But none of the support is enough if she herself isn't ready to face her loss.

As mentioned before, "Shark Girl" is a novel written in verse. It is Bingham's debut novel and I must say how positively surprised I was about the language, the story, everything. The novel is so beautifully written it keeps you reading until you reach the end, and even then, you want for more. Bingham's description of Jane and her feelings is heart-breaking and it really makes you feel happy about the things you have. Shark Girl is also an inspirational story about how we all should accept ourselves as we are, because sometimes the things in us we don't like are ones that we cannot change. We just need to get along with them to be happy.
 
 

Tuesday, March 17, 2015

Waiting on Wednesday (#22): Deadly Design by Debra Dockter (June 2, 2015 by P.G. Putnam's Sons Books for Young Readers)


Waiting on Wednesday is a weekly feature hosted by Jill over at Breaking the Spine.

For more information, click here.



The emotional power of If I Stay meets the survival story of Maze Runner

Genetically engineered identical twins Kyle and Connor McAdams were born two years apart. Their parents figured it was safer that way, to increase their odds of survival. Connor was born first, paving an impossibly perfect path for Kyle to follow. He was the best at everything—valedictorian, star quarterback etc. Kyle never thought he’d be able to live up, so he didn’t even try.

But when Connor, 18, suddenly drops dead of a heart attack, and Kyle learns of other genetically modified kids who’ve also died on their eighteenth birthdays, he’s suddenly motivated—to save his own life. Like Connor and all the rest, Kyle was conceived at the Genesis Innovations Laboratory, where the mysterious Dr. Mueller conducted experiments on them. The clock’s ticking as Kyle searches for answers: who was Dr. Mueller really, and what did he do to cause their hearts to stop at eighteen? He must unravel the clues quickly, before, he too, becomes another perfect, blue-eyed corpse.
 
"emotional power of If I Stay"
 
 
"genetically engineered"
 
 
"he's suddenly motivated - to save his own life"
 
 
"mysterious Dr. Mueller"
 
 
What are you waiting for this week?
 

Thursday, March 12, 2015

Book Review: The Winner's Curse by Marie Rutkoski

Release date: March 4, 2014
Info about the author: Goodreads - Twitter - Website
Publisher: Farrar Straus Giroux
Age group: YA
Pages: 355
Buy the book: Amazon - Book Depository

Description (from Goodreads):

Winning what you want may cost you everything you love

As a general’s daughter in a vast empire that revels in war and enslaves those it conquers, seventeen-year-old Kestrel has two choices: she can join the military or get married. But Kestrel has other intentions.

One day, she is startled to find a kindred spirit in a young slave up for auction. Arin’s eyes seem to defy everything and everyone. Following her instinct, Kestrel buys him—with unexpected consequences. It’s not long before she has to hide her growing love for Arin.

But he, too, has a secret, and Kestrel quickly learns that the price she paid for a fellow human is much higher than she ever could have imagined.

Set in a richly imagined new world, The Winner’s Curse by Marie Rutkoski is a story of deadly games where everything is at stake, and the gamble is whether you will keep your head or lose your heart.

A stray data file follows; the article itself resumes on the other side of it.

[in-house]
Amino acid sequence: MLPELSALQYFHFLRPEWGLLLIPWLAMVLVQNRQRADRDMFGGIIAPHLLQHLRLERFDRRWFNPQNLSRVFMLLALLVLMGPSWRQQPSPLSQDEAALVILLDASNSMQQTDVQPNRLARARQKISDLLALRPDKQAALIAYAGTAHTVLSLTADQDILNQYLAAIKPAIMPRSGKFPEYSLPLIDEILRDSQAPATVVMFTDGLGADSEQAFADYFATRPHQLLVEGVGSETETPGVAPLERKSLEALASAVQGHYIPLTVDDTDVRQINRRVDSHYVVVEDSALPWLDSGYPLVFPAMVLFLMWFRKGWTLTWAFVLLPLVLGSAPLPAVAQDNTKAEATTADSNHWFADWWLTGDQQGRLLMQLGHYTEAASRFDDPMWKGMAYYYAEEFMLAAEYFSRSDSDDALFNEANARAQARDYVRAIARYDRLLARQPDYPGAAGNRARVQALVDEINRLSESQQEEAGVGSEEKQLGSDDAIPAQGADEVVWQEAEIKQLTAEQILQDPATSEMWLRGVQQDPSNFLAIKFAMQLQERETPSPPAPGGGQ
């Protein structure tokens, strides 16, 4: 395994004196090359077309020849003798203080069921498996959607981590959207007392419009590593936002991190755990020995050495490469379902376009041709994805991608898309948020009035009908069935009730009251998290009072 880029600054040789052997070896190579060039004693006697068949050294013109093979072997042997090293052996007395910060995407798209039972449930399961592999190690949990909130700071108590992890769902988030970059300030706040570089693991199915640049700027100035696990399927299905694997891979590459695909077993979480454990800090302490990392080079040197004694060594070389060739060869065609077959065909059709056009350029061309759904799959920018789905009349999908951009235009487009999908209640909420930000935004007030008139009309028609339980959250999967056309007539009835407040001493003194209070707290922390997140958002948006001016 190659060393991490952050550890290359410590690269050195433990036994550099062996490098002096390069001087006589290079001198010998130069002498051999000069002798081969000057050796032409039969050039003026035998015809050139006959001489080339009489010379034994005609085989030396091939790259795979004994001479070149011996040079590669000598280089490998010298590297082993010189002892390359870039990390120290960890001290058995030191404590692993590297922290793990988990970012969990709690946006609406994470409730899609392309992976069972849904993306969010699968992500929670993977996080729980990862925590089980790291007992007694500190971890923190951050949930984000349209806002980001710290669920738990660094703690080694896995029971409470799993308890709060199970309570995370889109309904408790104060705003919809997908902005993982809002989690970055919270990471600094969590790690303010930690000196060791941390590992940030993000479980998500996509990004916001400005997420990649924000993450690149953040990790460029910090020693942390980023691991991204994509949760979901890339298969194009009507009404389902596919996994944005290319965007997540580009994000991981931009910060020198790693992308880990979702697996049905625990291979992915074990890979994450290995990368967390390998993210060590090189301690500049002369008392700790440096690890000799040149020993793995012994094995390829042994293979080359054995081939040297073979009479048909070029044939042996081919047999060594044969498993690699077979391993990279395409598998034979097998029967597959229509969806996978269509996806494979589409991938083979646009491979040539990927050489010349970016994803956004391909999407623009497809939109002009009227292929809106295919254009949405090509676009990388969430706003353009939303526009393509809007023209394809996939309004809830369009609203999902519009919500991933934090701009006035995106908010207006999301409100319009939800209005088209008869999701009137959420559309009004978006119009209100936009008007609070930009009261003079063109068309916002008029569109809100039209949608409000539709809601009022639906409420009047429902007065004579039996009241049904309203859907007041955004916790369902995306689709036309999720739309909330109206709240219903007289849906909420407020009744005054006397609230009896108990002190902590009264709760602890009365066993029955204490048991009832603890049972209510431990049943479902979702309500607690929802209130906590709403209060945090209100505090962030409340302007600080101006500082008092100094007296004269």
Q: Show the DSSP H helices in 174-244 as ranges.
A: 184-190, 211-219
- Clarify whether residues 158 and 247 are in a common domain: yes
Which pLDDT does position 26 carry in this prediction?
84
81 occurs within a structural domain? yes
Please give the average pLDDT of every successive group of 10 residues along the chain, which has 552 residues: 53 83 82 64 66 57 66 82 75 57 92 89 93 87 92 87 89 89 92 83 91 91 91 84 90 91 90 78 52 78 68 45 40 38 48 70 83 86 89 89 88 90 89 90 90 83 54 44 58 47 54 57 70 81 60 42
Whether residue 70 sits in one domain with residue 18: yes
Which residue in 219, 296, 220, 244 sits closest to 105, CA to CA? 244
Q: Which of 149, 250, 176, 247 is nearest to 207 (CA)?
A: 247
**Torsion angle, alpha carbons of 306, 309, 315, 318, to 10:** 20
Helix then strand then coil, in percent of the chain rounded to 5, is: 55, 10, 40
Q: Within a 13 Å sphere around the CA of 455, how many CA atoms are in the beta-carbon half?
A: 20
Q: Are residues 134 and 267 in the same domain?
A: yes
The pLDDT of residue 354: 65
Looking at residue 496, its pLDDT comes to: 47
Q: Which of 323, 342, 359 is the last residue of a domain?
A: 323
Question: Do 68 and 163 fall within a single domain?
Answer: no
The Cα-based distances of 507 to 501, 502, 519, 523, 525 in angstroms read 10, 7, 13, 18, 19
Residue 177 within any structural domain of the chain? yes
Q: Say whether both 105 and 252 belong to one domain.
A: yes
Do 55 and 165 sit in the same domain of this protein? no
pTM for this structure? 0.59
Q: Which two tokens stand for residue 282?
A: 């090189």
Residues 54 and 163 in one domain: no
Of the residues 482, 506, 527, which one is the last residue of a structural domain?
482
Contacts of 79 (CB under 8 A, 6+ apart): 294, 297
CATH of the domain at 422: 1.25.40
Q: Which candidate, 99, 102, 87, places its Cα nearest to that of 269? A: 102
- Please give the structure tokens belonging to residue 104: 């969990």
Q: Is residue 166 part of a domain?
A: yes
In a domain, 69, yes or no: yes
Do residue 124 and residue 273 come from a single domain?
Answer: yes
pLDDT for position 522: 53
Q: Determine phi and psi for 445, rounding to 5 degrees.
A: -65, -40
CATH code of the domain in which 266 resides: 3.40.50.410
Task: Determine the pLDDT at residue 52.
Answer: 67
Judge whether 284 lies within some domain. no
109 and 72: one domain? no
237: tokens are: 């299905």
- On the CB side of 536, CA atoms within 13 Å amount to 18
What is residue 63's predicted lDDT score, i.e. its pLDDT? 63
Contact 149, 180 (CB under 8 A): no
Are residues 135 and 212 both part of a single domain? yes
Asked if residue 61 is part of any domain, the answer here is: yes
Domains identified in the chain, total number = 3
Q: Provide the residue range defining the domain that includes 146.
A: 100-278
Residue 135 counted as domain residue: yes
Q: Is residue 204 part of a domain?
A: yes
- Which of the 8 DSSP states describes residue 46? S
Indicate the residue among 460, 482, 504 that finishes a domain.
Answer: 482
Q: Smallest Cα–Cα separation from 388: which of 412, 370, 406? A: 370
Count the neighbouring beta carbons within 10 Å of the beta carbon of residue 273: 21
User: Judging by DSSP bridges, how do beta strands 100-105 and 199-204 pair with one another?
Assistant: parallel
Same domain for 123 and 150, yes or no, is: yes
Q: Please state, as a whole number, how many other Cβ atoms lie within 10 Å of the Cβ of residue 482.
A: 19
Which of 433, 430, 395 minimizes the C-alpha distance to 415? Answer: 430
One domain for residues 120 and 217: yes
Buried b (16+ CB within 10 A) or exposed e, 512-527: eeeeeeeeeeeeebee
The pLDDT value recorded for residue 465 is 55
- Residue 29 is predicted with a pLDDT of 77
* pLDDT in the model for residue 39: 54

Dear Winner's Curse,

After seeing your beautiful cover, I wanted to like you so badly. I wanted to read you, love you and buy you to my own collection. My expectations for you were extremely high. And the way other people, readers that opinions matter to me, talked about you, I was sure that we would connect. But alas, rather than writing a love letter for you, I have to write something else.

Don't worry, this isn't a hate letter. I almost wish that I could write a hate letter, because that way I would feel at least something towards you. Because right now I don't feel anything. I feel like reading you did not do anything for me. Like someone could erase those two nights I spend with you and I wouldn't really even notice it (expect then I would not have a memory from those awesome Twizzlers I ate while spending time with you).

I was so excited to meet Kestrel, even if her name sounds kind of weird. I was also really looking forward to meeting Arin, mostly because his name reminds me of someone I know. I had heard such praise about your world building that I was sure I would be able to delve right in. But no! Rather than finding myself immersed with your world building, I was bored. I feel like nothing happened. Yes, Kestrel buys a slave. But after that there's a lot of stuff that did not feel move the story forward at all. Or at least that is how I feel.

The more and more I read you, I started to find it harder and harder to like Kestrel. I constantly felt like she has no idea what she is doing or what she wants from life. And I do get that we all struggle with questions like that sometimes and that I in no way can put myself in the shoes of Kestler, but hey, I needed something to grasp into and unfortunately I did not find it from you. Yes, she cares for her family, but outside of that, it feels like it is all the same what happens to people. Someone else, someone who really liked this book, might interpret this differently, but I just want to say how I felt. I constantly also felt that though she tries to seem like she does not care about her superior status, she acts differently. And that kind of behaviour always annoys me to no end. Given, she proves herself towards the end, but by then, it feels like too little too late.